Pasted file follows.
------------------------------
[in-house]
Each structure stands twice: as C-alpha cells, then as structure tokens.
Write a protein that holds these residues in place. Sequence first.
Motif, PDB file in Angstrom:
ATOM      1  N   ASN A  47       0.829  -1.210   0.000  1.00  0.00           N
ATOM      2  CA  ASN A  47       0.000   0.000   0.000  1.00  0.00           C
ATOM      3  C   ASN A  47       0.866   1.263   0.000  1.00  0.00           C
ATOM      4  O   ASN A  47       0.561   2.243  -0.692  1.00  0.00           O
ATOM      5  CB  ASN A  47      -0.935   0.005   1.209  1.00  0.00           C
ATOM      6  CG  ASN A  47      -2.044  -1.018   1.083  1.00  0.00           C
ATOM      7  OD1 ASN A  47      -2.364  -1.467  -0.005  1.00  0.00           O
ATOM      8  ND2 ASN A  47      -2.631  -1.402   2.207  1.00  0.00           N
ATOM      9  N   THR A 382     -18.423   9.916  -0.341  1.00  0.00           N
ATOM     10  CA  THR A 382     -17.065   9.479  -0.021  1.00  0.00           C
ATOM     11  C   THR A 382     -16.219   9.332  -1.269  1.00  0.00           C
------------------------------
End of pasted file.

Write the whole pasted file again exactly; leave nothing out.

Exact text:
[in-house]
Each structure stands twice: as C-alpha cells, then as structure tokens.
Write a protein that holds these residues in place. Sequence first.
Motif, PDB file in Angstrom:
ATOM      1  N   ASN A  47       0.829  -1.210   0.000  1.00  0.00           N
ATOM      2  CA  ASN A  47       0.000   0.000   0.000  1.00  0.00           C
ATOM      3  C   ASN A  47       0.866   1.263   0.000  1.00  0.00           C
ATOM      4  O   ASN A  47       0.561   2.243  -0.692  1.00  0.00           O
ATOM      5  CB  ASN A  47      -0.935   0.005   1.209  1.00  0.00           C
ATOM      6  CG  ASN A  47      -2.044  -1.018   1.083  1.00  0.00           C
ATOM      7  OD1 ASN A  47      -2.364  -1.467  -0.005  1.00  0.00           O
ATOM      8  ND2 ASN A  47      -2.631  -1.402   2.207  1.00  0.00           N
ATOM      9  N   THR A 382     -18.423   9.916  -0.341  1.00  0.00           N
ATOM     10  CA  THR A 382     -17.065   9.479  -0.021  1.00  0.00           C
ATOM     11  C   THR A 382     -16.219   9.332  -1.269  1.00  0.00           C